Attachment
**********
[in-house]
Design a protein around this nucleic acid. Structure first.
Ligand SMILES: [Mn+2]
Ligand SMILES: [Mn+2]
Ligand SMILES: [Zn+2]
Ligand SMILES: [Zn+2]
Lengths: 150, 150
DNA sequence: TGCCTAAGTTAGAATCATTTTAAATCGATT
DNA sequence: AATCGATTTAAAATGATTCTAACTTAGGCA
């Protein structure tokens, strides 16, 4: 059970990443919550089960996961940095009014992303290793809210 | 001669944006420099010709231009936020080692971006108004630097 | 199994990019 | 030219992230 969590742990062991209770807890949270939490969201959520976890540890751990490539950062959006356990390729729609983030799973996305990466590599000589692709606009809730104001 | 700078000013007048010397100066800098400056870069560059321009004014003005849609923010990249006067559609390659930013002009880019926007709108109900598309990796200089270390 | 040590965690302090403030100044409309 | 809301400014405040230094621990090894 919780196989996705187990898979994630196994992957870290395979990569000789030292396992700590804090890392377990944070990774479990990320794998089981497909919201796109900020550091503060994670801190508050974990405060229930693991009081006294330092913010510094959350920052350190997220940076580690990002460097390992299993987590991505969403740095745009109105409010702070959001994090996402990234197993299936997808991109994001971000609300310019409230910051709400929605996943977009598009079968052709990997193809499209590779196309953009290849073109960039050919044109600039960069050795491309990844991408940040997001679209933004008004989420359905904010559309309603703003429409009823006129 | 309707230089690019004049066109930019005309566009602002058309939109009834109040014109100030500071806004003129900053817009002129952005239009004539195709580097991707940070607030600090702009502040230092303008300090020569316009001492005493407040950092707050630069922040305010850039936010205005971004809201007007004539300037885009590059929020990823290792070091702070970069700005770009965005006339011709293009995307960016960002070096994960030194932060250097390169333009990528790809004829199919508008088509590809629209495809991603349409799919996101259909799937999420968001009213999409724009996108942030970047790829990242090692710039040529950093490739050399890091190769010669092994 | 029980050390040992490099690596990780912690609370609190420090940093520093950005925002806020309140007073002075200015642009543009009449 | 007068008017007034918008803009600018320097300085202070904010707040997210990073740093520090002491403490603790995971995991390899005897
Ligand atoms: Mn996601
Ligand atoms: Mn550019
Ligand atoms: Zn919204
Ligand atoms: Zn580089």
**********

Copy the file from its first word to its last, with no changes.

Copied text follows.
[in-house]
Design a protein around this nucleic acid. Structure first.
Ligand SMILES: [Mn+2]
Ligand SMILES: [Mn+2]
Ligand SMILES: [Zn+2]
Ligand SMILES: [Zn+2]
Lengths: 150, 150
DNA sequence: TGCCTAAGTTAGAATCATTTTAAATCGATT
DNA sequence: AATCGATTTAAAATGATTCTAACTTAGGCA
């Protein structure tokens, strides 16, 4: 059970990443919550089960996961940095009014992303290793809210 | 001669944006420099010709231009936020080692971006108004630097 | 199994990019 | 030219992230 969590742990062991209770807890949270939490969201959520976890540890751990490539950062959006356990390729729609983030799973996305990466590599000589692709606009809730104001 | 700078000013007048010397100066800098400056870069560059321009004014003005849609923010990249006067559609390659930013002009880019926007709108109900598309990796200089270390 | 040590965690302090403030100044409309 | 809301400014405040230094621990090894 919780196989996705187990898979994630196994992957870290395979990569000789030292396992700590804090890392377990944070990774479990990320794998089981497909919201796109900020550091503060994670801190508050974990405060229930693991009081006294330092913010510094959350920052350190997220940076580690990002460097390992299993987590991505969403740095745009109105409010702070959001994090996402990234197993299936997808991109994001971000609300310019409230910051709400929605996943977009598009079968052709990997193809499209590779196309953009290849073109960039050919044109600039960069050795491309990844991408940040997001679209933004008004989420359905904010559309309603703003429409009823006129 | 309707230089690019004049066109930019005309566009602002058309939109009834109040014109100030500071806004003129900053817009002129952005239009004539195709580097991707940070607030600090702009502040230092303008300090020569316009001492005493407040950092707050630069922040305010850039936010205005971004809201007007004539300037885009590059929020990823290792070091702070970069700005770009965005006339011709293009995307960016960002070096994960030194932060250097390169333009990528790809004829199919508008088509590809629209495809991603349409799919996101259909799937999420968001009213999409724009996108942030970047790829990242090692710039040529950093490739050399890091190769010669092994 | 029980050390040992490099690596990780912690609370609190420090940093520093950005925002806020309140007073002075200015642009543009009449 | 007068008017007034918008803009600018320097300085202070904010707040997210990073740093520090002491403490603790995971995991390899005897
Ligand atoms: Mn996601
Ligand atoms: Mn550019
Ligand atoms: Zn919204
Ligand atoms: Zn580089």